NA: I read that NYQ Books only publishes books by poets who have published in The New York Quarterly magazine. How does that work? Do you solicit manuscripts from these poets after they have published in the journal?
RH: We do not solicit work. We rely on two very simple concepts to select manuscripts. The first is prior acceptance for publication in the magazine. Prior acceptance gives us a good starting point for manuscripts as the editorial vetting is already done, and done at no cost to the author such as in a contest scenario. The second concept is that we also do not accept unsolicited manuscripts—an invitation must be extended. The invitation gives us a modicum of control over how many books we consider at any given time, and most importantly it allows us to better coordinate the books we are looking for which keeps the press as eclectic as the magazine. The vetting and the invitation process allow us a starting point of already knowing the author and their work.
NA: Do you then solicit poets to submit to the New York Quarterly? Or are you, as I would imagine, already overwhelmed with submissions?
RH: We work very hard to keep the selection of poems for the magazine to just that, the poem for the poem’s sake for the sake of the magazine. The way that a poet begins to get noticed for inclusion in the books is when we start accepting repeated submissions from them, then we say to ourselves, maybe we should just do a book of their work. I have found so far that having the books for that added venue is a very nice option because some people I just want to publish more of their work than publication in the magazine will allow.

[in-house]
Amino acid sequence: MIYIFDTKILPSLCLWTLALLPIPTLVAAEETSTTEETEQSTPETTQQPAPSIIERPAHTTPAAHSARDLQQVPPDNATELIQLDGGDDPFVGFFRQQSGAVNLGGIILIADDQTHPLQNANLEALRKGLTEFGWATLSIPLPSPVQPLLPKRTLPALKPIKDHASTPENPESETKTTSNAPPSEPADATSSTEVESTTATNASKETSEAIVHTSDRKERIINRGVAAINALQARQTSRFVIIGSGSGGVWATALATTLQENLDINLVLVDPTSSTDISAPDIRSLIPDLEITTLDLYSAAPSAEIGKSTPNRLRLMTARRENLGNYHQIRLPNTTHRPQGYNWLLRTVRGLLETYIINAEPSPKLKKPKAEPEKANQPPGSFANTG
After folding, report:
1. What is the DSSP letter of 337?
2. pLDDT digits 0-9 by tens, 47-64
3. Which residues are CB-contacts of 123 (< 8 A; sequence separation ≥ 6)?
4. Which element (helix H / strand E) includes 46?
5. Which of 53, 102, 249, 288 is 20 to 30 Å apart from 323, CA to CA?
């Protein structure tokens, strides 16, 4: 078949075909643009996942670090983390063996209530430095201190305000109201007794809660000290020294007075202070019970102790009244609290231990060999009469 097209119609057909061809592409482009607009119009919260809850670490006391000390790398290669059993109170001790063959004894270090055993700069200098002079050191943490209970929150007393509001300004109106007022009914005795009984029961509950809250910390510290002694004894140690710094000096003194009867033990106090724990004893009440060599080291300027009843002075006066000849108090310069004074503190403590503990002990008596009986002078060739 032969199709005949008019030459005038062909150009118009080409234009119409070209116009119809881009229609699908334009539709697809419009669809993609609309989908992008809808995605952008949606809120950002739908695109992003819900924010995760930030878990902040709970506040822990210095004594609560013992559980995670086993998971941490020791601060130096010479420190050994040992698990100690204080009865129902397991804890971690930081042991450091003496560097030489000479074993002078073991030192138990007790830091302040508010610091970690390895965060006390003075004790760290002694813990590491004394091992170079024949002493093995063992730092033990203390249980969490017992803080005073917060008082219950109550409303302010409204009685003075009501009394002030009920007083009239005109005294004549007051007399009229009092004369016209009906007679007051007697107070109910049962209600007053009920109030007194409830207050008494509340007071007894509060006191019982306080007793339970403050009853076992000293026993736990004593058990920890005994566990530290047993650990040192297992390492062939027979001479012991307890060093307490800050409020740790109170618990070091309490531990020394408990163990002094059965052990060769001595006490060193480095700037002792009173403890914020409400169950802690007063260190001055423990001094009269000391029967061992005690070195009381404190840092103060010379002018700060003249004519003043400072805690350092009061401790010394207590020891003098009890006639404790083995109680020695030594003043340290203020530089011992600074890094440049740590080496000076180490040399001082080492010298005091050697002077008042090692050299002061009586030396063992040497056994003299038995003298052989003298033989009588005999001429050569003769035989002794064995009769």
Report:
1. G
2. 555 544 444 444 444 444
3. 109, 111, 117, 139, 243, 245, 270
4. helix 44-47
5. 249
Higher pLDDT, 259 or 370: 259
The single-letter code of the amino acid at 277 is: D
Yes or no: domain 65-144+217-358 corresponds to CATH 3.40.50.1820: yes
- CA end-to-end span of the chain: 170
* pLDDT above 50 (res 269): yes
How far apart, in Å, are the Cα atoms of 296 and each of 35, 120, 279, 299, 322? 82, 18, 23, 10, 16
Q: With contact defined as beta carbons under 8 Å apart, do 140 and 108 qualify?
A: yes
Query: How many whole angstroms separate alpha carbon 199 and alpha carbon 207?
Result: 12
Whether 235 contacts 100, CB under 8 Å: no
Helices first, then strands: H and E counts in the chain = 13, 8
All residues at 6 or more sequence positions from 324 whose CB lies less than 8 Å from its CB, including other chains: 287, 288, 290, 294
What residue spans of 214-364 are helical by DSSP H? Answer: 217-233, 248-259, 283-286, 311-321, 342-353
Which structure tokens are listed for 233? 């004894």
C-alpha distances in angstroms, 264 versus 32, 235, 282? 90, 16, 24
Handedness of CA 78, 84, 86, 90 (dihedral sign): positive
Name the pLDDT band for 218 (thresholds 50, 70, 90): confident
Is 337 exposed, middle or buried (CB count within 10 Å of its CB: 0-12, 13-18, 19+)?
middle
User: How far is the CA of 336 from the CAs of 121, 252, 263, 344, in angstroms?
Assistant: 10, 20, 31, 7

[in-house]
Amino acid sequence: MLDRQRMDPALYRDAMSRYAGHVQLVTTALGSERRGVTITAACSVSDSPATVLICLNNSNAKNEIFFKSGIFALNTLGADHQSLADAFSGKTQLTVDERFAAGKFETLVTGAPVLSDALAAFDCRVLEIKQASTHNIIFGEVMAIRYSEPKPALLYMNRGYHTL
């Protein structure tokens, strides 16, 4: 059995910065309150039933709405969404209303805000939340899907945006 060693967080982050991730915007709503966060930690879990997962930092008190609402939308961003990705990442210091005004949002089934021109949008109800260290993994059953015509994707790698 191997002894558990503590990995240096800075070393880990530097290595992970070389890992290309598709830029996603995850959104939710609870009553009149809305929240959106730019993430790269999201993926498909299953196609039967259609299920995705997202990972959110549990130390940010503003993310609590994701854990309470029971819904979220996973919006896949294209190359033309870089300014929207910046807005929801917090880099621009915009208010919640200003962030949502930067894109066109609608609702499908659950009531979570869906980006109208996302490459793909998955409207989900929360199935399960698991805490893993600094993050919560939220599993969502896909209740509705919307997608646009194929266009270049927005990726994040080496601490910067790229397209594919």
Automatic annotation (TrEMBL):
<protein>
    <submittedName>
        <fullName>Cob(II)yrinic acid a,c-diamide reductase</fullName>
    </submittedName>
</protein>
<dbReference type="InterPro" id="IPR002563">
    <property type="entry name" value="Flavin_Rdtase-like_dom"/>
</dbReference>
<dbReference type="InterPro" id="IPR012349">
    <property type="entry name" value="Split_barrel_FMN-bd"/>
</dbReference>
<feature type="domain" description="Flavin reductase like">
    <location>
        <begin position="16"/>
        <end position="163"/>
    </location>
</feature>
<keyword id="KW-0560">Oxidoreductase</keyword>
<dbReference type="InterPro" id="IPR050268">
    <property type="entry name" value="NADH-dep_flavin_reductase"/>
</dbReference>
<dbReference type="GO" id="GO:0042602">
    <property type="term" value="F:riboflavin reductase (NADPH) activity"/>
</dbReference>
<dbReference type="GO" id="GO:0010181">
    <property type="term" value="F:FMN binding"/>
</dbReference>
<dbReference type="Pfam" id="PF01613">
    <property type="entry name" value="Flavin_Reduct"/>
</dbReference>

NA: I also have read that the NYQ Books is a new press. How long has NYQ Books been in existence? Why was the press started? What were some of the first books you published?
RH: The concept of NYQ Books has been around since the magazine began in 1969. It was something that the founding editor, William Packard, told me was always a dream of his. Then after his death, we found several proposals for an NYQ Books in the records that had been drafted by him. The name, NYQ Books, comes from Bill. After much research and consideration and dreaming on my own part, we began the press June of 2009 in celebration of NYQ’s 40th anniversary.
We made the decision to start the press in order to provide a venue for book publication for many of our poets who have been overlooked by the more mainstream presses. We put these books into publication right alongside more established poets and are not concerned about sales statistics. To accomplish this goal, we began our idea with two basic premises.
The first premise was to say to ourselves, “Poetry doesn’t sell.” And while this statement sounds self-defeating and is open to all sorts of debate and sounds like a cry of desperate mediocrity, there is an element of truth to it which immediately removes any grand expectations that we will sell thousands of copies of each book we publish. By removing this expectation, we can publish and keep in print books that don’t immediately sell right alongside books that do, and we are hoping that eventually the press will work as a single organism, some books supporting the others—but keeping all in print.